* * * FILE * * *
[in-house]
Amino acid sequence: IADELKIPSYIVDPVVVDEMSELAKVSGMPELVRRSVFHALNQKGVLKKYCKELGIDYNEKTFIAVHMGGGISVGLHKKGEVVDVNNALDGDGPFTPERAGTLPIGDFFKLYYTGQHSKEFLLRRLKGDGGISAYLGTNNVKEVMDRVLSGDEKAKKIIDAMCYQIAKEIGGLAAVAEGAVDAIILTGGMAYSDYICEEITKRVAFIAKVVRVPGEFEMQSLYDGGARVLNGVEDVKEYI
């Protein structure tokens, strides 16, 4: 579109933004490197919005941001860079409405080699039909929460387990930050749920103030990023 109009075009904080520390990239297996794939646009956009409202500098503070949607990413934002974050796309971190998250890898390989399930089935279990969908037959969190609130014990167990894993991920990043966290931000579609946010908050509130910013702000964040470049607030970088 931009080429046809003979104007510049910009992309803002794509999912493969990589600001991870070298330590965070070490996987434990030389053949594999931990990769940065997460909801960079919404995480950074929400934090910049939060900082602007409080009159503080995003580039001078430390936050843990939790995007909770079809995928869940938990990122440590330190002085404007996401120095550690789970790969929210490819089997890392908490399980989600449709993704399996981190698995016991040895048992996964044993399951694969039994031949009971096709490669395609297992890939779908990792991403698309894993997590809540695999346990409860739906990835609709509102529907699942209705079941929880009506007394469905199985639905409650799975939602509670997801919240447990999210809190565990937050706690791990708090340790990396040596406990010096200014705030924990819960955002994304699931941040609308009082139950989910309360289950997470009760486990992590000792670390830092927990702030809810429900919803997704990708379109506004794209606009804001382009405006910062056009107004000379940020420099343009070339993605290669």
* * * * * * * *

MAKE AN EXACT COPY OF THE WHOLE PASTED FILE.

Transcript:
[in-house]
Amino acid sequence: IADELKIPSYIVDPVVVDEMSELAKVSGMPELVRRSVFHALNQKGVLKKYCKELGIDYNEKTFIAVHMGGGISVGLHKKGEVVDVNNALDGDGPFTPERAGTLPIGDFFKLYYTGQHSKEFLLRRLKGDGGISAYLGTNNVKEVMDRVLSGDEKAKKIIDAMCYQIAKEIGGLAAVAEGAVDAIILTGGMAYSDYICEEITKRVAFIAKVVRVPGEFEMQSLYDGGARVLNGVEDVKEYI
């Protein structure tokens, strides 16, 4: 579109933004490197919005941001860079409405080699039909929460387990930050749920103030990023 109009075009904080520390990239297996794939646009956009409202500098503070949607990413934002974050796309971190998250890898390989399930089935279990969908037959969190609130014990167990894993991920990043966290931000579609946010908050509130910013702000964040470049607030970088 931009080429046809003979104007510049910009992309803002794509999912493969990589600001991870070298330590965070070490996987434990030389053949594999931990990769940065997460909801960079919404995480950074929400934090910049939060900082602007409080009159503080995003580039001078430390936050843990939790995007909770079809995928869940938990990122440590330190002085404007996401120095550690789970790969929210490819089997890392908490399980989600449709993704399996981190698995016991040895048992996964044993399951694969039994031949009971096709490669395609297992890939779908990792991403698309894993997590809540695999346990409860739906990835609709509102529907699942209705079941929880009506007394469905199985639905409650799975939602509670997801919240447990999210809190565990937050706690791990708090340790990396040596406990010096200014705030924990819960955002994304699931941040609308009082139950989910309360289950997470009760486990992590000792670390830092927990702030809810429900919803997704990708379109506004794209606009804001382009405006910062056009107004000379940020420099343009070339993605290669």